EOS Keeping Up With A New Material And Machine Coming Soon

 The upcoming EOS P 810 3D printer

The upcoming EOS P 810 3D printer

EOS is one of the largest industrial 3D printer manufacturers in the world, and they soon will have another product in their portfolio.

They pre-announced the new EOS P 810, a polymer machine. EOS makes two types of machines: those that print polymers and those that print metals. It’s easy to distinguish the two among their products as the polymer machines are “P” and the metal machines “M”. The EOS P 810 is a polymer machine. 

It’s very similar to their previous P 800 3D printer, a device that proved quite popular in industry. However, there are some notable differences:

The build volume on the P 810 is actually a bit smaller than the P 800. While their XY size is the same at 700 x 380mm, the Z axis on the P 810 is only 380mm, whereas it is 560mm on the P 800. 

Both machines sport dual lasers for rapid simultaneous 3D printing, but the P 810’s lasers are 70W, while the P 800’s are less at 50W. 

But those are minor compared to the big change: the P 810 is able to 3D print EOS’s new industrial material, HT-23. 

This unusual material is a form of PEKK, and offers tremendous engineering properties. It’s very strong, partly due to the inclusion of carbon fiber particles within the material. 

While there are now several 3D printers on the market that are able to 3D print PEKK-type material, EOS’s HT-23 is different in that it holds several very important certifications. 

EOS explains that HT-23 is not only flame and UV resistant, but also meets or exceeds the aerospace FAR 25.853 standard as well as the EN 45545 standard for the mobility industry. They say:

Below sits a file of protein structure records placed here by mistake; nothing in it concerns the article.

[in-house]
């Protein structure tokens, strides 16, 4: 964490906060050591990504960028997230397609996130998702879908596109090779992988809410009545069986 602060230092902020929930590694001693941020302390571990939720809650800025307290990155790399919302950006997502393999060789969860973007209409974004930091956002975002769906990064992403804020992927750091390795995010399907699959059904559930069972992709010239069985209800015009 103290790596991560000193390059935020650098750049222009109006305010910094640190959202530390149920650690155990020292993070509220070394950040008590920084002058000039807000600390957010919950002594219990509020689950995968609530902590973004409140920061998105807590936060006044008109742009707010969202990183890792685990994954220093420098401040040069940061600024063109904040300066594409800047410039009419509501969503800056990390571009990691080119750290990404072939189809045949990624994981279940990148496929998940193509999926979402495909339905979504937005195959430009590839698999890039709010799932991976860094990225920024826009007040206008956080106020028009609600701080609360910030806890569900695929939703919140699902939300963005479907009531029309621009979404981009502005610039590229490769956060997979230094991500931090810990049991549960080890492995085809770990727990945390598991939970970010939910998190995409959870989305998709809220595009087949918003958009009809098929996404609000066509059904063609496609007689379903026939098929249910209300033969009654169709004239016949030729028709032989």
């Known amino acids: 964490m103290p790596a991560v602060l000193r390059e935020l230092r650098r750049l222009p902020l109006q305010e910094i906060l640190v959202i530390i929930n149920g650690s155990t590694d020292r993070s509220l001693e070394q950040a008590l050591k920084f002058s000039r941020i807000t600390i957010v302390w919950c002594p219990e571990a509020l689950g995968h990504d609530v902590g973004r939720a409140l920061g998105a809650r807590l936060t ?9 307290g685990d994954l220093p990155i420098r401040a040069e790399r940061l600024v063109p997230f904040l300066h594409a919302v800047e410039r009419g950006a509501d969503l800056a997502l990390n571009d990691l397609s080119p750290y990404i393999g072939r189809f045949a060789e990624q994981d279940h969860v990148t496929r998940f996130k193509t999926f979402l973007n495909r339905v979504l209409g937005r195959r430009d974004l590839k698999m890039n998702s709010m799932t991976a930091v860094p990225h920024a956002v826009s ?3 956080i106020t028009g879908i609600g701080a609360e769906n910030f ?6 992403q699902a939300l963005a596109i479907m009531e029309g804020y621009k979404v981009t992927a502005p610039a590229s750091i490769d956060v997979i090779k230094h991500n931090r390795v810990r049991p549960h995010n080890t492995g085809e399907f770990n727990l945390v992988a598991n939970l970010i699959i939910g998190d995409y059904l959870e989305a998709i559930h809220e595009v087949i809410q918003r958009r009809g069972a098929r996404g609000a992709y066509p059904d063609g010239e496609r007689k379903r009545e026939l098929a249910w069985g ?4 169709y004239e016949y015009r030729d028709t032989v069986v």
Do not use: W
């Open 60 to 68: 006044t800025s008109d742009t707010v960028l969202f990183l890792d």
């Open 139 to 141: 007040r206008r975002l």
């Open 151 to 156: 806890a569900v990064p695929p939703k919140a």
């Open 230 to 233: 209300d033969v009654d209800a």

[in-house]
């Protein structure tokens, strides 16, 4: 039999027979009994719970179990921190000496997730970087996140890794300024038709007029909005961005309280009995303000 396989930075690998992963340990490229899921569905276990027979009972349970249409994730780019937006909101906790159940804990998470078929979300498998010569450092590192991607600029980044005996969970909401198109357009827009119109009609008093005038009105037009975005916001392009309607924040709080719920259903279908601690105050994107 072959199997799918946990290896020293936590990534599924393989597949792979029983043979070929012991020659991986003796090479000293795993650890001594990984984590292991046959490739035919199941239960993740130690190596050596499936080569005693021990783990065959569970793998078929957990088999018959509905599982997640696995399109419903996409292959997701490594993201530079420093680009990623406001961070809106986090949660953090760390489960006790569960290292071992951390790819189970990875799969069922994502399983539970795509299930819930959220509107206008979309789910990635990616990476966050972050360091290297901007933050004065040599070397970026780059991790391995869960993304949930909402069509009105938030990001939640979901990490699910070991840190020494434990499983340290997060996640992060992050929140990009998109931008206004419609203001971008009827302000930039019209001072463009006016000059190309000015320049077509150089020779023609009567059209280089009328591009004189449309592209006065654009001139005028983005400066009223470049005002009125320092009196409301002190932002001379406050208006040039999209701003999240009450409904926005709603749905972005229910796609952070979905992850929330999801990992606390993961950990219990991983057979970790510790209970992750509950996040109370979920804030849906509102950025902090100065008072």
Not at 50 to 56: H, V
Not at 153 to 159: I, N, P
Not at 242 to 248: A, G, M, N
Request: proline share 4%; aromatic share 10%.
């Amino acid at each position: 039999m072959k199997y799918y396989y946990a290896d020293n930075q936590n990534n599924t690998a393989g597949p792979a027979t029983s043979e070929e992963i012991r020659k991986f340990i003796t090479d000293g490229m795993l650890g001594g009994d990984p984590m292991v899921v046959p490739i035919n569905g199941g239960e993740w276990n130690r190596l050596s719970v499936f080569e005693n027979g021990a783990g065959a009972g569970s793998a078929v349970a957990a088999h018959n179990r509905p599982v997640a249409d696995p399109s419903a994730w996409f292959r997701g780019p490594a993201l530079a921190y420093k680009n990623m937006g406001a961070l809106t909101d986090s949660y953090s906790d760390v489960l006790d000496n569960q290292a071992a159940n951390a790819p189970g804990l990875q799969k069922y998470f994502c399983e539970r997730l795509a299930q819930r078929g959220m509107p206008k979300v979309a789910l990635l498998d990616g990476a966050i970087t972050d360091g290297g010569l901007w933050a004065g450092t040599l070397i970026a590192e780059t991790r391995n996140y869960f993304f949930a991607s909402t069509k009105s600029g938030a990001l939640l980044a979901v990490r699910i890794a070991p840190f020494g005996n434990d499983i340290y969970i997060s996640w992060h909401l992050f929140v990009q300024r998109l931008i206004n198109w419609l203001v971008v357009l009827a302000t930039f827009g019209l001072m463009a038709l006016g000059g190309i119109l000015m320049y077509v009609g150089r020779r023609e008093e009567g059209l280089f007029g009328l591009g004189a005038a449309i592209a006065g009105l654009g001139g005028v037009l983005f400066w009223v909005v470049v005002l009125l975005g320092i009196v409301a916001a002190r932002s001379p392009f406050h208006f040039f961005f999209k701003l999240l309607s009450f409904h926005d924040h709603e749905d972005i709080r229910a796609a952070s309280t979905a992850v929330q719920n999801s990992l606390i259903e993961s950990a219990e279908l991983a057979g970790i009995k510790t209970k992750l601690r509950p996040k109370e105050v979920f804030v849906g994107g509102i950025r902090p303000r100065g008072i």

HT-23 is the first carbon fiber-reinforced PEKK material that can be processed on EOS systems, as such offering isotropic part properties. Parts additively manufactured with this material offer high strength, low weight and are capable of withstanding high temperatures. It is the first high-performance material with a low refresh rate of 40 percent, as such also contributing substantially to reduced costs-per-part.

(The refresh rate they mention refers to the percentage of “fresh” powder required on each print job, since some unused powder on previous runs can be reused.)

These certifications and others they will likely obtain for this material are key to future sales. Consider the case of a manufacturer building certain parts for those industries. It’s very likely they cannot sell any products to their clients unless the parts pass a number of certifications.

If such an operation were presented with a system option that did not include certified material and a machine able to print it in a certified manner, they would reject that option outright. It would not work for them. 

On the other hand, a machine and material combination that did include the ability to meet the regulations would certainly be considered, if not welcomed. 

In other words, no certification, no sales, in many cases. That’s the market EOS is pursuing with the P 810 3D printer, which appears to be specifically designed to print HT-23 and similar materials. 

However, this machine is not quite ready for sale yet. EOS explains they will be showing off the machine at this year’s FormNext event in November, where we will certainly take a close look. 

Via EOS

General Fabb

Kerry Stevenson, aka "General Fabb" has been writing Fabbaloo posts since he launched the venture in 2007, with an intention to promote and grow the incredible technology of 3D printing across the world. So far, it seems to be working!

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